July 2011

When religious zeal leads us astray

But go and learn what this means: ‘I desire mercy, not sacrifice.’ for I did not come to call the righteous, but sinners.” Matthew 9:13 NIV

In my daily reading this morning these simple words of Jesus “I desire mercy, not sacrifice” arrested my attention. They are a direct quote from the Old Testament given in answer to a question posed by the Pharisees who were asking Jesus’ disciples why He was hanging out with tax collectors and sinners. Jesus had been invited to a dinner party thrown by Matthew, himself a tax collector, who had recently left his profession to follow Jesus. It must have been quite a gathering, made up primarily of all Matthew’s non-religious friends given with the intent of introducing them to Jesus.

The quote gave me pause because I realized how deceptively easy it is to substitute religion for relationship, ritual for righteousness and profession for practice. In many ways the Pharisees, who were zealous for God and the teachings of the law, are no different than most Christians, myself included, who have a similar zeal to please God and be people of the Book. They got so caught up in their religious practices that they neglected the greater importance of extending God’s mercy to those who needed it. So what will keep us from falling into the same self-centered and self-righteous pit the Pharisees fell into?

Like the Pharisees whom Jesus urged to “go and learn what this means” we need to be diligent to do the same. What does it mean that God desires mercy much more than sacrifice? What does it mean that He has not “come to call the righteous, but sinners”?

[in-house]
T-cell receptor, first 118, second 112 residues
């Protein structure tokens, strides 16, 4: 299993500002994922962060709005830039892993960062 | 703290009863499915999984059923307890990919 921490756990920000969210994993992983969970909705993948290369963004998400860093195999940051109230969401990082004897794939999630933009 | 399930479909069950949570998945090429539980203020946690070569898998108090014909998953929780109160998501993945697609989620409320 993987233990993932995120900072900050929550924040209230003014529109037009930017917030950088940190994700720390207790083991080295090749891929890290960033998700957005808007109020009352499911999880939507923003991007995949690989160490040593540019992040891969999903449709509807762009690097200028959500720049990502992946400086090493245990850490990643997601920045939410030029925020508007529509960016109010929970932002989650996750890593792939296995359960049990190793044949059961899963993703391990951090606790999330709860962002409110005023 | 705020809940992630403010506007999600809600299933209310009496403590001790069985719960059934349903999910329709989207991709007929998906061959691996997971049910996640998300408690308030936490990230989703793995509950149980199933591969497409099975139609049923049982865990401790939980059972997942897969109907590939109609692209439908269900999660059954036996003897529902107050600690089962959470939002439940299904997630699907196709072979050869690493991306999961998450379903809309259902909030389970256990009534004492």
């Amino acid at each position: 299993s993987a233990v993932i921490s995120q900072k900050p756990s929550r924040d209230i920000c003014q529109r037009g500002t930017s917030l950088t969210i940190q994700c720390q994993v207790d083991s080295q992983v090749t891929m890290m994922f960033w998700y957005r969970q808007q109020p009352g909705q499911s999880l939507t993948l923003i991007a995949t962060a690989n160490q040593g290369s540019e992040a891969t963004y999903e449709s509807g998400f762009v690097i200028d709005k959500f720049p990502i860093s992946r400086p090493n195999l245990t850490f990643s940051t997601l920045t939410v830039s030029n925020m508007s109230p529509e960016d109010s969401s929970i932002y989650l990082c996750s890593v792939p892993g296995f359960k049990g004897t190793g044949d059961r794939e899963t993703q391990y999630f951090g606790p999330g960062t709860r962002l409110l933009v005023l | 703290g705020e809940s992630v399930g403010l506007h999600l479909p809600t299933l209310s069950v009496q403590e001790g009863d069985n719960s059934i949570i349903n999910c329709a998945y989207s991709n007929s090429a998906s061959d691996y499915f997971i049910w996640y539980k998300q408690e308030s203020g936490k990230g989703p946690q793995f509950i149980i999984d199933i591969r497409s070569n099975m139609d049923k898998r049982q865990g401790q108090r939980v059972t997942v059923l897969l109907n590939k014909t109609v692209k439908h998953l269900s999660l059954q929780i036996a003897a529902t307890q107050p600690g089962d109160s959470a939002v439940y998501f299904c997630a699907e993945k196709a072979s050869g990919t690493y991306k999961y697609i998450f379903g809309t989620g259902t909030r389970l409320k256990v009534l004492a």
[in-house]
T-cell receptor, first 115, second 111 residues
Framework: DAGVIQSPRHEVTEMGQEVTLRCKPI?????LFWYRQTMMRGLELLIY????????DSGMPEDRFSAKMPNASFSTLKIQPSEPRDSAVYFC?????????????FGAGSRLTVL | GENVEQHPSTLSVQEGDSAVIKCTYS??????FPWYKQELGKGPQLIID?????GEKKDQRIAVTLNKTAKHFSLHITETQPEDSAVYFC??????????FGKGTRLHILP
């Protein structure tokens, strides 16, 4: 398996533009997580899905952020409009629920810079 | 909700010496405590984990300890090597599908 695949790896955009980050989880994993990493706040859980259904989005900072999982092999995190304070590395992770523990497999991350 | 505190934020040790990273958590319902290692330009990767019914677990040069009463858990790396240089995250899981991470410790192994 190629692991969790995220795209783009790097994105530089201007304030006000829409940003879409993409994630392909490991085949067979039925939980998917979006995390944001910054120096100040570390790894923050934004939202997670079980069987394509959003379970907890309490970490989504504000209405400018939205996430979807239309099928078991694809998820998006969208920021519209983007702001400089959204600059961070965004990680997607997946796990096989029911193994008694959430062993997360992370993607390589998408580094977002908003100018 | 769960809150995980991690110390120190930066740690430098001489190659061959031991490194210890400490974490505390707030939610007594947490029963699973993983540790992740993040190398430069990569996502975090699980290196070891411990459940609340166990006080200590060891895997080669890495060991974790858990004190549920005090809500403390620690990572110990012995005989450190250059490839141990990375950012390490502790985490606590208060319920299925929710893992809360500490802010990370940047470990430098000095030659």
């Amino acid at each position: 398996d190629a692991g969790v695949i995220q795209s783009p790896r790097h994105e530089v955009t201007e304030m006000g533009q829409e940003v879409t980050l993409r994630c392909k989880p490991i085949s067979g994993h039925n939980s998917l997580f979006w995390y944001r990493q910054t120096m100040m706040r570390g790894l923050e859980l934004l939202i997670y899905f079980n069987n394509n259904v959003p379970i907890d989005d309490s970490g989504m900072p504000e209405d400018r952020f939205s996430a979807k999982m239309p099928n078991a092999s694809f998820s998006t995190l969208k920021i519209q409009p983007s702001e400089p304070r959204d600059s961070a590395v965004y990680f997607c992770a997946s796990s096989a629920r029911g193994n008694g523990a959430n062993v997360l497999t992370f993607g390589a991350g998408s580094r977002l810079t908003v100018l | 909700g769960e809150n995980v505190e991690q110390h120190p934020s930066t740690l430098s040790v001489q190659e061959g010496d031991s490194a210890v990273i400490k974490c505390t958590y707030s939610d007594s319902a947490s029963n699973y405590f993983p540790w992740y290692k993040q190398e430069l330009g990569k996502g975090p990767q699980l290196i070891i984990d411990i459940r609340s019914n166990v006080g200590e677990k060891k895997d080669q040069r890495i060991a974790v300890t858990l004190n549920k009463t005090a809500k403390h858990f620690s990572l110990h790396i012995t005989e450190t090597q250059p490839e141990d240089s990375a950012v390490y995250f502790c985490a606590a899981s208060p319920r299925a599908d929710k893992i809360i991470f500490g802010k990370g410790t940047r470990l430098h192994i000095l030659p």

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The West runs through me

Reflections and observations on my trip out West

We are driving back from a week spent in Wyoming at a family reunion. Having lived in Montana the first 14 years of my life it brought back many memories. Life in the Mountain West is very different from my citified life in the Twin Cities of Minnesota.

One of the things I love are the snow capped mountains and big vistas with the road laying before you like a ribbon unfurling into eternity. Grazing livestock, pick-ups driven by men with cowboy hats and cattle guards at all the freeway exits tell you this is ranching country. The frequent use of terms to describe places like canyon, creek and gulch are unique to mountain country. Because of a winter with record snow falls and a spring and early summer with record rains the countryside is adorned with colorful wildflowers and verdant vegetation.

We spent a couple of days in Buffalo, Wyoming at the foot of the scenic Big Horn Mountains, which is one of those historic wild west settlements. The Occidental Hotel in town boasts having hosted the likes of Butch Cassidy and the Sundance Kid, Calamity Jane and Buffalo Bill Cody. Not too far south of Buffalo is some rugged country called the Hole in the Wall where outlaw gangs like those of Butch and Sundance used to hide out. Situated on which was once the Bozeman trail taking people into the gold fields of Western Montana, Buffalo lore also includes the tragic tales of broken treaties and Indian wars.

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5 types of people who leave the church

One of the jobs that pastors do, with some reluctance, is exit interviews. Having pastored in two congregations spanning over 35 years I have done my share. Exit interviews are basically conversations pastors try to make a point of having with people when they decide to leave their church.

The intention first and foremost is to check on their spiritual well-being and hear what God is doing in their lives. It is also a time to express appreciation for them and their contribution to the church. And finally it is appropriate to affirm and bless them as they move on in their relationship with God.

Although there are many reasons people leave a church I have discovered that they can all be grouped into five basic categories. For simplicity’s sake I will term these categories by the types of people they represent.

And so here are five types of people who leave the church.

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